Updated: Apr 22
Written and photographed by: Mark Elgersma
Deconstruction, a practice that first became popular in academia and philosophy during the second half of the 20th century, is still crazy relevant when trying to resist hierarchies and power structures around us. Although Jacques Derrida, the original theorist of deconstruction, initially used the practice to take apart a seemingly simple argument from Aristotle, its primary use as of late has been to evaluate, analyze, and finally take apart oppressive structures that are built into everyday life. Contradictions in racism, sexism, and countless other “isms” can be traced through the lens of deconstruction.
Before anything else, I want to say that this is exactly the wrong way to tell people about deconstruction or related topics. Deconstruction is all about intricacies and non-singularities, and I’m not sure how well-suited magazines are to complex subjects. We condense. So, please, see this as a very brief introduction, and if you’re interested in this concept, read more. More not by me.
One of deconstruction's presuppositions, taken from the linguist and structuralist Saussure, is that meaning is a product of differences. Let's use names as an example to show this.
My name is Mark. However, there’s no good reason that I wasn’t named “John”, “Oswald”, or “Larry”. Hell, there’s not even a good reason I wasn’t named “Boop”, “Snop”, or “Varienbilish”. None of those are traditional names, but the only thing that separates a name from a non-name is social acceptance and usage. Regardless, I still have a good amount of people tell me that I look like a Mark. But if everyone's name was Mark, nobody would look like one. We probably wouldn't even have a concept of a "Mark." It would just be reality. My looking like a "Mark" requires there to be other names and people with those names to compare it to.
Is there a point to considering this paradox? Well, I’m not named anything else, and people do have different names, so in some sense, no. But, it also shows that my name, “Mark”, isn’t inherently connected to me despite any internal perception that it is. This doesn’t make my name inconsequential by any means. Others will still use my name, refer to me by my name, and make connotations with my name. But it does make my name arbitrary, and it shows that my name's meaning arises from its difference to every other one.
So that shifts things a little. I don’t look like a “Mark”; I look like the speaker’s understanding of “Mark” in relation and as opposed to every other name. The wild thing is that this is applicable to all things that stand for another. Spoken words, writing, actions, works of art, the only reason these physical things--signifiers--mean anything is because we’ve internally assigned values and meanings to them based off the differences and systems of signs that make up communication, verbal or nonverbal.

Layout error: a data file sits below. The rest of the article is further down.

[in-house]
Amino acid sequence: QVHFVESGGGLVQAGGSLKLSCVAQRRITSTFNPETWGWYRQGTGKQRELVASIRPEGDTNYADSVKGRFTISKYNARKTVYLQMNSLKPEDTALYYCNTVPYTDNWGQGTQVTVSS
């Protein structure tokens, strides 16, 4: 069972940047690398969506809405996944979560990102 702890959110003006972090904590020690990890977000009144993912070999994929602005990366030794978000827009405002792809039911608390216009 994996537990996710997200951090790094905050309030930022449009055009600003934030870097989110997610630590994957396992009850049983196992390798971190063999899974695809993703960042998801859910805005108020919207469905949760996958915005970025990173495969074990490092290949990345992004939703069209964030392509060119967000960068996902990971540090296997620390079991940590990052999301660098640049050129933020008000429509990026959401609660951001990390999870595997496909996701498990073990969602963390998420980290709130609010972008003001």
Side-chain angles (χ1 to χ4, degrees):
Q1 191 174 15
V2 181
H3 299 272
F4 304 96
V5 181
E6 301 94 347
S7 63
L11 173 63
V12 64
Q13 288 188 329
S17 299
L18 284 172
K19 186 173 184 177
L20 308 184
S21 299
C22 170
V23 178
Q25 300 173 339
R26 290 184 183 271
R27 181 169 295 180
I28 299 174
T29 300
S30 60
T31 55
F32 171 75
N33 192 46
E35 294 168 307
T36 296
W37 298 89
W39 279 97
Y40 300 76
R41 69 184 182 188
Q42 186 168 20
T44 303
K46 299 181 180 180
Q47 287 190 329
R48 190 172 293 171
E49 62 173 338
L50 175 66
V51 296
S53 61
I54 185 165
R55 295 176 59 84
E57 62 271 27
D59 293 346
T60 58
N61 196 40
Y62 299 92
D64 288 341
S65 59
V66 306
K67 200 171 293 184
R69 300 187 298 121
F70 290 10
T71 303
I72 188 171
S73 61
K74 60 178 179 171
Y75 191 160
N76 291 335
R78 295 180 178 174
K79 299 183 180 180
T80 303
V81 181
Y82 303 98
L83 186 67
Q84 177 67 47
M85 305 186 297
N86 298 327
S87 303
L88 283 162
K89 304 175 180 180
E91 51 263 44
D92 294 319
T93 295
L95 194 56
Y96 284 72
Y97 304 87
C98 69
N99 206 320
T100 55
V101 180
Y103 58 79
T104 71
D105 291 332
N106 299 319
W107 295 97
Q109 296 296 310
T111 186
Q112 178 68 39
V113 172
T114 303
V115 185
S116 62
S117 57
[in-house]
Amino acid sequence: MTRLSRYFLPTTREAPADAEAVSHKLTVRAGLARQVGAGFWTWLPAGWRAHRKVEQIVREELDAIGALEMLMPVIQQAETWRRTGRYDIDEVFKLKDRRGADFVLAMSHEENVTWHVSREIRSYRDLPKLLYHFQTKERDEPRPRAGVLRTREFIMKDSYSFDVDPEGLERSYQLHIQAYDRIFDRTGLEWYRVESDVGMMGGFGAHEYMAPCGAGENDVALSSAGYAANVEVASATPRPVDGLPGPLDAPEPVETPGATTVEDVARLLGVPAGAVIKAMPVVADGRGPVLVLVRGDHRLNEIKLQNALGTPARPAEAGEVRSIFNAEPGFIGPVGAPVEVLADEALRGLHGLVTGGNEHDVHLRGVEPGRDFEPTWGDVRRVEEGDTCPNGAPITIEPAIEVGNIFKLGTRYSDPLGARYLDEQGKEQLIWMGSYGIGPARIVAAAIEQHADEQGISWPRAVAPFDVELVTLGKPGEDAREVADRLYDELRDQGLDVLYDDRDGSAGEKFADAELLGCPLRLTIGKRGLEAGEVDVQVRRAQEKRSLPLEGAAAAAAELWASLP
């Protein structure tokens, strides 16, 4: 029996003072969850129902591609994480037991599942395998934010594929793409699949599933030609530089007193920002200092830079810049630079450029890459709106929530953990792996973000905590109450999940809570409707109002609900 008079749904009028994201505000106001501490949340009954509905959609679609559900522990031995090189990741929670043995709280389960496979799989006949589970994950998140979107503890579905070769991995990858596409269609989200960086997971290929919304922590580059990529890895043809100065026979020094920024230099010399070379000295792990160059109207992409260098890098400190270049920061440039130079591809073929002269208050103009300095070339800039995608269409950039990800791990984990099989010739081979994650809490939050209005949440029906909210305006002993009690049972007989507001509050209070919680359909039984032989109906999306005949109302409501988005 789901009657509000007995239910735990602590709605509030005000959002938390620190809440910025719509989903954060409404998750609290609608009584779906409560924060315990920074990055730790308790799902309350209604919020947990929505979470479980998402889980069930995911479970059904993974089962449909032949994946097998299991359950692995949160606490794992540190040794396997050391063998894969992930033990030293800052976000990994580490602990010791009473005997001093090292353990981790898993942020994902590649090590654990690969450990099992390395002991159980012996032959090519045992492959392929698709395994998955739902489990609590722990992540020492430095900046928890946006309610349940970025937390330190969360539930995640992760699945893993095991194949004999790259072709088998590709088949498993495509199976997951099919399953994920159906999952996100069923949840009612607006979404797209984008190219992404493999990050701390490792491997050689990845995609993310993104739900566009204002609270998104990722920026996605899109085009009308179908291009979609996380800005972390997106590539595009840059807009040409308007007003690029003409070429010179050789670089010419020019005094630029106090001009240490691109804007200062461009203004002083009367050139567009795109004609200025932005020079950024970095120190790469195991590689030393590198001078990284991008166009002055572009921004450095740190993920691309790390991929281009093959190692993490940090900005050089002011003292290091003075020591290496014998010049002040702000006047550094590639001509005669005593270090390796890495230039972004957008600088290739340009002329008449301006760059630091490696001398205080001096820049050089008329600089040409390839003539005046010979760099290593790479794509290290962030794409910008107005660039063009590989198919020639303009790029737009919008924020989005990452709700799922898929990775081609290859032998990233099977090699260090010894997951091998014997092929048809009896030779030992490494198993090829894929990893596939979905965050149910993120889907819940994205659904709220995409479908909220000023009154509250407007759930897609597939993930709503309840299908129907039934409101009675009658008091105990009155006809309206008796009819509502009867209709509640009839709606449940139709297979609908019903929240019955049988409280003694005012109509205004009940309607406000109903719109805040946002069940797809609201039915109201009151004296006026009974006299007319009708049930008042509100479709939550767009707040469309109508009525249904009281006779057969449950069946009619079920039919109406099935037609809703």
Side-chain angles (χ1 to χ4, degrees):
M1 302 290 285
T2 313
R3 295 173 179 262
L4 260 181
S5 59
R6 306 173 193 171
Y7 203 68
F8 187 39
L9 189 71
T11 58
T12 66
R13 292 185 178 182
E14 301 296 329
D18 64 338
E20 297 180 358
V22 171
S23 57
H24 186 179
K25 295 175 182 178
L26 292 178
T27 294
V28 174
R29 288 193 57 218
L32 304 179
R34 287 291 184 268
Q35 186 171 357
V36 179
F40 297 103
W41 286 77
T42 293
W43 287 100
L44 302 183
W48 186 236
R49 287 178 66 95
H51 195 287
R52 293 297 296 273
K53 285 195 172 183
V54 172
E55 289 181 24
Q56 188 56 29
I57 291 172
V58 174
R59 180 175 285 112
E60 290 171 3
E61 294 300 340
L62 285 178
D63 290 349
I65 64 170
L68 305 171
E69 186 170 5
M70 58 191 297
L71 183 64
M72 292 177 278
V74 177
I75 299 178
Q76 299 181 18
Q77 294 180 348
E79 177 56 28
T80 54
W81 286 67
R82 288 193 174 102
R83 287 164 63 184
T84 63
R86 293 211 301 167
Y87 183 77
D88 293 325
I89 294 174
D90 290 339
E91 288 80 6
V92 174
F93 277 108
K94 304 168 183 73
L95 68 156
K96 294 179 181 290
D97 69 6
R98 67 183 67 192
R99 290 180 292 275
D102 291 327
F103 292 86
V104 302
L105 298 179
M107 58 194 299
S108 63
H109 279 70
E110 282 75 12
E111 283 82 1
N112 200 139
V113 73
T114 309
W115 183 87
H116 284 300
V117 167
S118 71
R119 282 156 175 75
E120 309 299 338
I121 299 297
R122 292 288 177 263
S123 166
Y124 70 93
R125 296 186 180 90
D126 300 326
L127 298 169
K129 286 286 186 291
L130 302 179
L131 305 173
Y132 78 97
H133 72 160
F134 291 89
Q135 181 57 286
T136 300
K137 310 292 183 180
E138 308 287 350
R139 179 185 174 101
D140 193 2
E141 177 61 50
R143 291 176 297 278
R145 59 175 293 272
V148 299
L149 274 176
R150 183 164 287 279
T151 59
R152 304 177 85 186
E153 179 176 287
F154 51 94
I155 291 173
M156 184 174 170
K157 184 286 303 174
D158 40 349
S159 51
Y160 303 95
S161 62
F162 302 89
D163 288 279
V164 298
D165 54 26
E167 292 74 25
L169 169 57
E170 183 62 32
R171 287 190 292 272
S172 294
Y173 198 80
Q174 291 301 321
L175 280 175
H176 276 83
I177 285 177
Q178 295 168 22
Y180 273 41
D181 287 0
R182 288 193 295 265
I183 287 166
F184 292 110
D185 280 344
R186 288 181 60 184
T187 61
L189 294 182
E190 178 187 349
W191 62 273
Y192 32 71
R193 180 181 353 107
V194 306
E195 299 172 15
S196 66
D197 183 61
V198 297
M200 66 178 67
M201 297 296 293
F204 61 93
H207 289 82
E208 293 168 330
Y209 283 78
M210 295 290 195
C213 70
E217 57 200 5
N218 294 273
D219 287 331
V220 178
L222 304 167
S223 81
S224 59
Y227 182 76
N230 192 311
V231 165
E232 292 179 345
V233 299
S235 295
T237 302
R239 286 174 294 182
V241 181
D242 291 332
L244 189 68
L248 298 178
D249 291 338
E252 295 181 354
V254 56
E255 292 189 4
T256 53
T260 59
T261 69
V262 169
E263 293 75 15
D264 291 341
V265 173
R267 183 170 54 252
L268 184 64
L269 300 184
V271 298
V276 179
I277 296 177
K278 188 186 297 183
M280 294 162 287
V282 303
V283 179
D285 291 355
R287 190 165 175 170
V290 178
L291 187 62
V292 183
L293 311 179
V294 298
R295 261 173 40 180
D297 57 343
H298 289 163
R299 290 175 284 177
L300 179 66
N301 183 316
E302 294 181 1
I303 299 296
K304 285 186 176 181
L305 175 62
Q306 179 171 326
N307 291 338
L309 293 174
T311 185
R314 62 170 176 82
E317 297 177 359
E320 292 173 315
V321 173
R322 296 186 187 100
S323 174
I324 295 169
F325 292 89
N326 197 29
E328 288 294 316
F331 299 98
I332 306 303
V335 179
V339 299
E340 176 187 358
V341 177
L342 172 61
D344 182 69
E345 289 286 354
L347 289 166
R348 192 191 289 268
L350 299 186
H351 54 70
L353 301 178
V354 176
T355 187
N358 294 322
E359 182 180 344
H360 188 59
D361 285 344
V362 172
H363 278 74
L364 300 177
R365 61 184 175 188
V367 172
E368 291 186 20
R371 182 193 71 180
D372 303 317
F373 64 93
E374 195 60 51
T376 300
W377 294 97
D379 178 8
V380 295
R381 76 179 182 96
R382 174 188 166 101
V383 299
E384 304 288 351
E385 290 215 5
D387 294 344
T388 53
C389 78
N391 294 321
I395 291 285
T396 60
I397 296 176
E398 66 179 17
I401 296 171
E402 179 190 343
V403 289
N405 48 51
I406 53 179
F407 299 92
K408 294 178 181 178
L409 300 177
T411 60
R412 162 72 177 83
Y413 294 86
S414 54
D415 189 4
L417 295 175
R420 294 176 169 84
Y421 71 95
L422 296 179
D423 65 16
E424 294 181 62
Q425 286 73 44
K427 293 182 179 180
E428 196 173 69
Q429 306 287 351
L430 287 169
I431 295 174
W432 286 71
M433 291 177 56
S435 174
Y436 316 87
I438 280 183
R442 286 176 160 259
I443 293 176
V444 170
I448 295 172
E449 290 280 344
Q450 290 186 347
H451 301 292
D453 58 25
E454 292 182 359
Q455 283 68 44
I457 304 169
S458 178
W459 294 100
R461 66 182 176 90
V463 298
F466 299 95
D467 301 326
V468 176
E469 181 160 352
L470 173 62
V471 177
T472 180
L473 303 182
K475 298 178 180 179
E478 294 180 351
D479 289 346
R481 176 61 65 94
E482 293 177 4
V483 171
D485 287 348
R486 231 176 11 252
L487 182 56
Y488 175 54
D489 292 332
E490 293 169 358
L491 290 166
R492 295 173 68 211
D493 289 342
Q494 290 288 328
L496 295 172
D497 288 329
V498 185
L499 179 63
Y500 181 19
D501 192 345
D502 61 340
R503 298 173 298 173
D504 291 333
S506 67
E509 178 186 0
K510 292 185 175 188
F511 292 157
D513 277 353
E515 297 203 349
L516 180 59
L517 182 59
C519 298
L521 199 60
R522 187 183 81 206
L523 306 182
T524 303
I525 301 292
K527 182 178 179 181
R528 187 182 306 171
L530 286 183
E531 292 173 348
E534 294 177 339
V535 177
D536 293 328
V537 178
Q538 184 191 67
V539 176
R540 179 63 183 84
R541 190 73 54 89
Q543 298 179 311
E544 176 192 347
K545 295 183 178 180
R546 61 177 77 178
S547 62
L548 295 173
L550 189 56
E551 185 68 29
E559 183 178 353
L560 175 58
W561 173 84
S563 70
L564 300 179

But do these systems of differences matter?
Jacques Derrida, a French philosopher (I use this term loosely, as I think he would gag if he heard me refer to him as such), said that these systems of differences mattered more than anything else in Western thought. With these unstable systems, he said, there is no way to summon or construct a fixed meaning.
A book can't have an objective "theme," it can only have words that attempt to construct one. We can see what strategies it uses to do this, but we can’t get to the “Truth” from a book more than we can get to it from a lemon.
And, even more profoundly, that would suggest that Truth is not located in any one place. All of Western philosophy and thought has only served to try to locate and pin down something which resides in nothing and everything. Truth is not in our heads or in our hearts or in empiricism; There is no abstract truth that we’re building toward.
So when we talk about institutions and systems, we have to understand that they are closed. The only truth (note: lowercase "t") of any system or any field is the one built by it's parts and relationships, and it is constructed by the strictures and censors that already exist in that system, many scholars have said.
Some academics say that a possible way to undermine these differential systems is in signifiers that indicate difference without categorization. For instance, the term "queer," after being reclaimed by the LGBTQ+ community, has not and does not feed into heteronormative othering. It is creating a non-category that allows people to look at their identities outside of a heteronormative, cis-normative culture (although this has become complicated and is somewhat double-edged as a new dichotomy has arisen).
Again, this is only a primer of a primer of a primer, but looking for strategies to take down hierarchical structures is always useful when they inhabit every aspect of our lives.I highly recommend seeking more information on deconstruction. With so many systems that impart hierarchical and imbalanced structures, learning to take things apart is vital. Truth isn't in books or articles or pictures. The only things in these (this article and accompanying pictures included) are scribbles and shapes that we call letters and words and design representing abstract thoughts. Look not at what you are being told, but how you are being told it, and what that further communicates.